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IT Challenges in Meeting the Prescribed Treatment for what Ails Healthcare

Ever wonder why hasn’t IT revolutionized healthcare as it has most every industry in the world? I do – its one of the reasons I’ve made a career transition from IT into healthcare. That, and trying to see if I can help find how IT still can improve healthcare.

Information Technology, and advances in technology in general, have brought a revolutionary impact on almost all industries on the planet, specifically in decreasing costs throughout the value chain from supplier through consumer, streamlining communications, and in empowering consumers by giving them greater access to information and therefore greater say in what and how products and services are provided to them.

Even the theatre industry has benefited from IT.

Managing the sound and lighting effects in theatre productions is much less expensive and more user-friendly now then say 30 years ago, allowing theatre companies to lower the costs for stage productions and making culture more available to the masses.

Similar cost reductions and operational efficiencies are being witnessed globally. Currently, Uber and AirBnB are causing major disruptions by bringing a new, tech-based model to transportation and the hotel industry. (And in the process, creating an entirely new economy.)

But this hasn’t happened in healthcare.

Healthcare still has not fully adopted IT and much of it operates as it did in the 1950s. (Look, for instance at similarities between the hospital patient room from the 1950s and today.)

And, the underlying cost structure hasn’t changed – or reduced – as other industries have. In fact, healthcare costs continue to rise year over year at a rate faster than inflation.

This isn’t entirely for lack of trying – either on the part of IT firms or the medical community.

The question is Why?

Why has IT been unable to penetrate healthcare to effect cost reductions when it has a well established track records for doing so in other industries? And its close corollary – What can we do about it?

To understand the situation well enough to answer the question, we have to realize that the IT and healthcare industries differ in one important way.

The information technology field follows the “If you build it, they will come” mantra made famous by the Kevin Costner film, “Field of Dreams”. (As we’ll see, this approach would be a nightmare in healthcare.)

And, more recently, Steve Jobs was famous for not listening to the consumer – because the consumer doesn’t know what they want until he puts it in front of them. [Interesting analysis of Jobs’ quote on this subject on the HelpScout blog.] And really, most customers, the public in general, doesn’t know what they want from IT or what kinds of things IT can accomplish in the first place. So anticipating – or creating – customer needs is a viable approach – one Apple did and continues to do exceptionally well.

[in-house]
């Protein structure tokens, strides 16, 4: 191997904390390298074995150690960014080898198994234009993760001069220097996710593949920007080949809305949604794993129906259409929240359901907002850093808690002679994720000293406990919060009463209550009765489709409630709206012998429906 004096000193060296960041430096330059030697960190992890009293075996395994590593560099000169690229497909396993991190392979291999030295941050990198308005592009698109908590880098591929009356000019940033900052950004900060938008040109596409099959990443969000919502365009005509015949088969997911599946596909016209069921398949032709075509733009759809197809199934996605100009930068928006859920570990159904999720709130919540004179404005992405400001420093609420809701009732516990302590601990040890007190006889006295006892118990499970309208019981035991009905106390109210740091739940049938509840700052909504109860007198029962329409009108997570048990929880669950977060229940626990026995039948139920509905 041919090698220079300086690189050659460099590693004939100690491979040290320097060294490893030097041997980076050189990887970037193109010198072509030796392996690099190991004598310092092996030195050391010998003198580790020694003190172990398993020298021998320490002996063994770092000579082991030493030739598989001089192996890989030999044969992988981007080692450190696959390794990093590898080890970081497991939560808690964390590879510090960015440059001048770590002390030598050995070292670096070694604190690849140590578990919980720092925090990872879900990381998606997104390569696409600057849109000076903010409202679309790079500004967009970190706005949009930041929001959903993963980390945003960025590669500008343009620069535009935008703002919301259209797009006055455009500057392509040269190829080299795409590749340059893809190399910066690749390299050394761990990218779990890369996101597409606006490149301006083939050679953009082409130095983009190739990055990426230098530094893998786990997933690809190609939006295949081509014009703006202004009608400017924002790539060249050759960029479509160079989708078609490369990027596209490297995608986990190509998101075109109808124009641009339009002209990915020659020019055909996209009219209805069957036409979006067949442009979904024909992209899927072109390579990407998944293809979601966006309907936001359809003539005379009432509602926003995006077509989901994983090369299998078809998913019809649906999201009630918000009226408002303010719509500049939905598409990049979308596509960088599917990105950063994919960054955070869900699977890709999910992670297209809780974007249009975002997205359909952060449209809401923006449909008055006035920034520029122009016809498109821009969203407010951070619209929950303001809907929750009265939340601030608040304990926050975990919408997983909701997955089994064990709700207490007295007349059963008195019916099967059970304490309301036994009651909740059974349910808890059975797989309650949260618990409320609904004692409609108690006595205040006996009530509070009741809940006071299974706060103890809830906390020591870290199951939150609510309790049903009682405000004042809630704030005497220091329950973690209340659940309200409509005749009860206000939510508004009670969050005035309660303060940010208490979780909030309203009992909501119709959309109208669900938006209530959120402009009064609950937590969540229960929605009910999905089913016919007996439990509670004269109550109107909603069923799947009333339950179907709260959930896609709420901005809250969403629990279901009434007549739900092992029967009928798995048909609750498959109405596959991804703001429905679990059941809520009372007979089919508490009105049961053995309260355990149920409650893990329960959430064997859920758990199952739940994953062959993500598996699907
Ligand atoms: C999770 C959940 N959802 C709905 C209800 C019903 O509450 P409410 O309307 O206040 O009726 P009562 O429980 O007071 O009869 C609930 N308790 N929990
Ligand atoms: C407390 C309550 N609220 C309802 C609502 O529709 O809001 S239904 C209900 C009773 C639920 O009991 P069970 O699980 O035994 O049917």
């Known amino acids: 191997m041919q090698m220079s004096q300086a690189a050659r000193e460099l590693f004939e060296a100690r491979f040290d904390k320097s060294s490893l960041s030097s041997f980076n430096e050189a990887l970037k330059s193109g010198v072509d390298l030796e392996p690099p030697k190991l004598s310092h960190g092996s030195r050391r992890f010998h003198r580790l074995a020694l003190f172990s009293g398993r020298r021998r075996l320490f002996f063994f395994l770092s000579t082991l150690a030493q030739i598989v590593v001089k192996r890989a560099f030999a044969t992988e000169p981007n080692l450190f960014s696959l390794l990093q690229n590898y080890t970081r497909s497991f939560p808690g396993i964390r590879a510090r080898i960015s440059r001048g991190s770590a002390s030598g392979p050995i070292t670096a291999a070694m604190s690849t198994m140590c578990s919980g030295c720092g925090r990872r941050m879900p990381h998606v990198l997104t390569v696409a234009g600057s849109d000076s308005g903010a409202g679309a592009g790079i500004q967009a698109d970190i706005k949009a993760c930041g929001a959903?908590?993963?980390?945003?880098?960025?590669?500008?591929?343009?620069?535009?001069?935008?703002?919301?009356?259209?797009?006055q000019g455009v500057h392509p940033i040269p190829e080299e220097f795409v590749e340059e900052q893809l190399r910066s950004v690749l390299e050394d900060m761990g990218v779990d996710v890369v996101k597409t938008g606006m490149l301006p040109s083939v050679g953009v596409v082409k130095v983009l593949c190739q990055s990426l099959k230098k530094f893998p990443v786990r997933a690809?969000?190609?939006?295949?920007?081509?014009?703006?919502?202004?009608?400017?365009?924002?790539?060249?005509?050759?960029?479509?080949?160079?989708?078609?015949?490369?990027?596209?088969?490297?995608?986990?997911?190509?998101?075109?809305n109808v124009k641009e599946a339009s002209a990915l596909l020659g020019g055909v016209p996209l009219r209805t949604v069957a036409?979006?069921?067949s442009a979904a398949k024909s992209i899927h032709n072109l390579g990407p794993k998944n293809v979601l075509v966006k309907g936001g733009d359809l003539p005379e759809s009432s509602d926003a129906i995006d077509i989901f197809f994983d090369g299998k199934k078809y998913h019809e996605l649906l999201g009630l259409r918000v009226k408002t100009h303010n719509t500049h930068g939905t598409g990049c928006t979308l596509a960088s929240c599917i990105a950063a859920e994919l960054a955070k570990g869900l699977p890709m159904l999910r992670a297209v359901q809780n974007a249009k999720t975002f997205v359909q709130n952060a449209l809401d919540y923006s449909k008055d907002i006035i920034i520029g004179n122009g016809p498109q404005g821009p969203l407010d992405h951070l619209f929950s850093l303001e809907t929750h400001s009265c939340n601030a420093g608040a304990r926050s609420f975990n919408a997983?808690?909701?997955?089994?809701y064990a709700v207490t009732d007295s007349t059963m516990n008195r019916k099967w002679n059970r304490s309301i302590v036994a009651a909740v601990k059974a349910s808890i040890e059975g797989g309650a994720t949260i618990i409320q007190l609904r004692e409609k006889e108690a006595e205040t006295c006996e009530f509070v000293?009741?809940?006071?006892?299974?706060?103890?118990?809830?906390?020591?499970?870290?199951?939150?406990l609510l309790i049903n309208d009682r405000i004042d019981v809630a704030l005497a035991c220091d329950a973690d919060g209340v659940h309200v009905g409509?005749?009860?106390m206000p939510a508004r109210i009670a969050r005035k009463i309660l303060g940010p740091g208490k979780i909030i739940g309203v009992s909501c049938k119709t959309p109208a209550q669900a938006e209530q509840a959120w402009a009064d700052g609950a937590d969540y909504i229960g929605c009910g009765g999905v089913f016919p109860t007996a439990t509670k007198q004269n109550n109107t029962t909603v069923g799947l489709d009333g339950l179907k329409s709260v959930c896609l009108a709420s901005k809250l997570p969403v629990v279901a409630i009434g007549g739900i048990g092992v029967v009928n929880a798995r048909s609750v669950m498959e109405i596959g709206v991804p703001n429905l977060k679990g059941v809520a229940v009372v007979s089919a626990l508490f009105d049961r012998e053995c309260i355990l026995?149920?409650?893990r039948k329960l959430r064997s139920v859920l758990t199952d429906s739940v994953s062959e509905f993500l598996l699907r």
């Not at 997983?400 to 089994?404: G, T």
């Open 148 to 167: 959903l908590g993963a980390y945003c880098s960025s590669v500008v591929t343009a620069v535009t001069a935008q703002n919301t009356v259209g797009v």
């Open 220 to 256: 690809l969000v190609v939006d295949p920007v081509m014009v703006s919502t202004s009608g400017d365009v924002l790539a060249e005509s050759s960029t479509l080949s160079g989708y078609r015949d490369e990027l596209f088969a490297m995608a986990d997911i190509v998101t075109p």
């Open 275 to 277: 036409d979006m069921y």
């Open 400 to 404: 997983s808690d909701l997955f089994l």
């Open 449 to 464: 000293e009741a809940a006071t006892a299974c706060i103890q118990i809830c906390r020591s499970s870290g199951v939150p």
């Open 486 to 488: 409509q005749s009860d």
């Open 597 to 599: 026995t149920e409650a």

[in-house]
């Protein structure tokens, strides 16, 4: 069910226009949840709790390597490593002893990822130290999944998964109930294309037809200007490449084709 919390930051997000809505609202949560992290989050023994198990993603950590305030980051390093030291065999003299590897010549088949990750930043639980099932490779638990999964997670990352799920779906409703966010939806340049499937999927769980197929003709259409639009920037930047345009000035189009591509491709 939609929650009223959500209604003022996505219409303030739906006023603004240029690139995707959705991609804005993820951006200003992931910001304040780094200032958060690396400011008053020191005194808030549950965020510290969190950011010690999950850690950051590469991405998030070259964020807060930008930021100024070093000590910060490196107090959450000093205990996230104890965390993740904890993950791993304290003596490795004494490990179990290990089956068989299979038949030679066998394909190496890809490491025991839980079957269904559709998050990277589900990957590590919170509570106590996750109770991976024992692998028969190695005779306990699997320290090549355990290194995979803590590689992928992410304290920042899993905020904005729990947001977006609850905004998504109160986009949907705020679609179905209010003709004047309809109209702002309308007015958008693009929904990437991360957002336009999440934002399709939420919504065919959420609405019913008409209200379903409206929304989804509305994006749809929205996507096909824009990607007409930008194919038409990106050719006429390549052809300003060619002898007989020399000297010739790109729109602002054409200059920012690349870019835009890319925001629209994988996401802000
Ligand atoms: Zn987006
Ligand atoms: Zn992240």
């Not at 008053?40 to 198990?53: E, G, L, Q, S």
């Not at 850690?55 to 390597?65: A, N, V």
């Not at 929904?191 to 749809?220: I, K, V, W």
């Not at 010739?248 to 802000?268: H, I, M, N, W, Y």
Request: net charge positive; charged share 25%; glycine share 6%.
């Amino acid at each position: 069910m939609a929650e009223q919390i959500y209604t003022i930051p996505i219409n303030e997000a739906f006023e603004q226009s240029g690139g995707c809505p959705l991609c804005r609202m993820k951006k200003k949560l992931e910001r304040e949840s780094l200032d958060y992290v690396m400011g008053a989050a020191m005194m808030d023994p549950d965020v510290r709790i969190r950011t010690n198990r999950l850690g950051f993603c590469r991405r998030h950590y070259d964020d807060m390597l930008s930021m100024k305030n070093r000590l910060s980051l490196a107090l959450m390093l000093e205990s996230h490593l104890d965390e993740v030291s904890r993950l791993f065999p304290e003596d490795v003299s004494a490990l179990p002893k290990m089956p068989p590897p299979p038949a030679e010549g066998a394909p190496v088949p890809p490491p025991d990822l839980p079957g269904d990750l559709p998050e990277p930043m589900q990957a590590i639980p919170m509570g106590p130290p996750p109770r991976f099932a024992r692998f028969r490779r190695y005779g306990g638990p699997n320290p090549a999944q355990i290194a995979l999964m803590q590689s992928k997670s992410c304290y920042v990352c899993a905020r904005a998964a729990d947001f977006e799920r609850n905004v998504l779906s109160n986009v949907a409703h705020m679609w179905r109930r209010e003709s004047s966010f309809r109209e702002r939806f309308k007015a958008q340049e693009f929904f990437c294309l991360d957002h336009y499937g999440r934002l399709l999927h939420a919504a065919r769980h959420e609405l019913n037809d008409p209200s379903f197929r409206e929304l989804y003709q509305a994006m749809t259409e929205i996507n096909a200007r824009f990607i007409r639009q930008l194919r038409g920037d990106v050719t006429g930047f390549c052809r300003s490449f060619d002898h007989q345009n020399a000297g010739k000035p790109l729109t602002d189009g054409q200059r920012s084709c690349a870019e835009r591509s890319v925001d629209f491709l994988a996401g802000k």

But, this doesn’t work in healthcare where the medical community is dealing with human life. Doctors can only use drugs, medical devices, and treatments that have been widely tested in controlled settings, proven to be effective, and with side effects that are well known and documented.

This requirement for testing is foreign to the IT industry. In IT, it is not uncommon to release products with known bugs and allow consumers to identify the problems and deficiencies with the software or solution. Microsoft was famous for taking this approach and Google has taken the practice one step further by releasing beta software for public use. [Disclosure: I love Google and Microsoft – research for this and all blogs starts at Google, and are drafted in Word.]

Beta refers to software that, while functional, is not fully ready for commercial use.

Yes, there are sound business reasons for the practice or releasing software that may not be fully ready for commercial use – especially in Google’s case as their products are released for free – as flaws in software products can be hard to find or are manifest only under certain conditions. Relying on customer reports is often the most efficient way to identify flaws.

But in healthcare, this doesn’t work. Anything intended for use with real patients must be thoroughly tested on patients and in controlled and monitored settings. We don’t want to wait for people to die to realize a drug or other treatment may have serious side effects.

So even if you put an IT solution in front of doctors and other providers that may potentially increase the quality of care, they won’t use it unless you can also point to documented evidence of its efficacy. The uptake, or adoption, of new drugs and technological approaches requires a greater level of evidence than the IT industry may be used to providing.

What’s required is a merging of the medical industry’s approach to clinical trials (e.g., testing with all results documented) with the iterative, Agile development process from the technology industry.

Agile development is a process for developing a software or technical solution that breaks the overall effort into multiple stages, called sprints. The end of each stage allows for an opportunity to test (e.g., run a small clinical trial).

Doing so may (but may not) increase the timeline and cost of the development of a health IT solution – but will more than make up for it in the increased quality and long-term uptake of the solution by the medical industry.